GIT – enforces the idea that programs should be limited in what files they can access and what actions they can take. However, by default it is turned off under RHEL / 5.x server? How do I turn it on?

SELinux is a kernel extension, which can be used to guard against misconfigured or compromised programs. It comes with Mandatory Access Control (MAC) system that improves the traditional UNIX/ DAC (Discretionary Access Control) model.

How Do I Enable SELinux under Redhat / Fedora and CentOS Linux Systems?

Edit /etc/selinux/config file, run:
# vi /etc/selinux/config
Update the configuration file as follows:


Understanding SELinux Configuration

  • SELINUX=enforcing : Enforcing is the default mode which will enable and enforce the SELinux security policy on the Linux. It will also deny unauthorized access and log actions in a log file.
  • SELINUXTYPE=targeted : Only targeted network daemons (such as DNS, Apache and others) are protected.

Save and close the file. Make sure SELinux is not disabled using Grub boot loader. Search /boot/grub/grub.conf file using grep and make sure the following line DO NOT appears:
# egrep -i 'selinux=0|enforcing=0' /boot/grub/grub.conf
If you found lines with selinux=0 or enforcing=0, remove them and save the changes.

Prepare File System For The Reboot

The chcon can be used to change SELinux security context of a file. However, it is recommended that you relabel complete filesystem.

Restore Default Security Contexts

Type the following command to restore default security contexts for /home:
# restorecon -Rv -n /home
You can run this on (/) file system too.

Relabel Complete Filesystem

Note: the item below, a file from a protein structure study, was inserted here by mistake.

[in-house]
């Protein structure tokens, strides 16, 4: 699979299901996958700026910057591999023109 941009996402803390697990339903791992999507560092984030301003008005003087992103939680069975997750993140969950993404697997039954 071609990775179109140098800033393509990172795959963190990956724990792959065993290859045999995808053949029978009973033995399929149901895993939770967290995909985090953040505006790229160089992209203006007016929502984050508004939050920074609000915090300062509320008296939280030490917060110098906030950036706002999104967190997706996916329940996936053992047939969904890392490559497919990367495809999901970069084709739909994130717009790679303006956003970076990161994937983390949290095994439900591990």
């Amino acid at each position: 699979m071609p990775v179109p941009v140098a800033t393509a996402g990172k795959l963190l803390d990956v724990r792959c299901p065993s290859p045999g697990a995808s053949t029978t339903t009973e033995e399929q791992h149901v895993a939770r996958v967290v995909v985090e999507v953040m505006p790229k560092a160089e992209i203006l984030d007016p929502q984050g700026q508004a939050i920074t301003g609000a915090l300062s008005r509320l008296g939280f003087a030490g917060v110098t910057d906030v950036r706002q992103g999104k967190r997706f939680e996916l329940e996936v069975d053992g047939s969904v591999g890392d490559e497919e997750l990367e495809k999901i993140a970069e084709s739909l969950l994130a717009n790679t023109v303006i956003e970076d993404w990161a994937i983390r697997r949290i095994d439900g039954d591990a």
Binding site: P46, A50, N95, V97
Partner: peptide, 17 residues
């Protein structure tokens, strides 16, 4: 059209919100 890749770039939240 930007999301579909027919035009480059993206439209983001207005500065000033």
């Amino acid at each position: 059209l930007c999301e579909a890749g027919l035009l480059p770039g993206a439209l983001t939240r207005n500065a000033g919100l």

Do not skip this step and reboot the system. Type the following commands:
# touch /.autorelabel
# reboot

It will take some time to relabel complete filesystem. If you get any errors or common services mysqld or sshd failed, try the following solution (go to a single user mode):
# init 1
# genhomedircon
# touch /.autorelabel
# reboot

Make Sure SELinux is Properly Enabled

Type the following command:
# sestatus
Sample outputs:

SELinux status:                 enabled
SELinuxfs mount:                /selinux
Current mode:                   enforcing
Mode from config file:          enforcing
Policy version:                 21
Policy from config file:        targeted

How Do I Print Full List Of Allowed Network Ports?

Type the following commands
# semanage port -l
# semanage port -l | less
#### look for port 80 ####
# semanage port -l | grep -w 80

How Do I Allow Lighttpd / Apache / At Port 8181?

By default SELinux will block access to many ports including 8181. You need to allow access to a port # 8181 so that it can bind and listen for incoming requests on non privileged ports. You need to use the semanage command as follows:
# semanage port -a -t http_port_t -p tcp 8181

How Do I Find Out Unprotected Services?

Type the following command:
# ps -eZ | egrep "initrc" | egrep -vw "ps|tr|egrep|awk|bash" | tr ':' ' ' | awk '{ print $NF }'
You should not see any output on fully configured SELinux systems.

How Do I See SELinux Labels?

Type the following command:
# ls -lZ /path/to/file
# ls -lZd /path/to/dir
# ls -lZd /etc
# ls -lZ /dev/ | grep deviceName
# ls -lZ /etc/resolv.conf

Sample outputs:

-rw-r--r--  root root system_u:object_r:net_conf_t     /etc/resolv.conf

Troubleshooting SELinux Policy Errors

SELinux is pretty complicated kernel software. It takes time to fix error. Use the following tools to find and debug SELinux policy problems (refer to your local man pages):

  • ps -Z -p PID
  • ls -Z fileName
  • ausearch
  • restorecon
  • semodule
  • audit2allow
  • Log files: /var/log/audit/audit.log and /var/log/setroubleshoot/setroubleshootd.log
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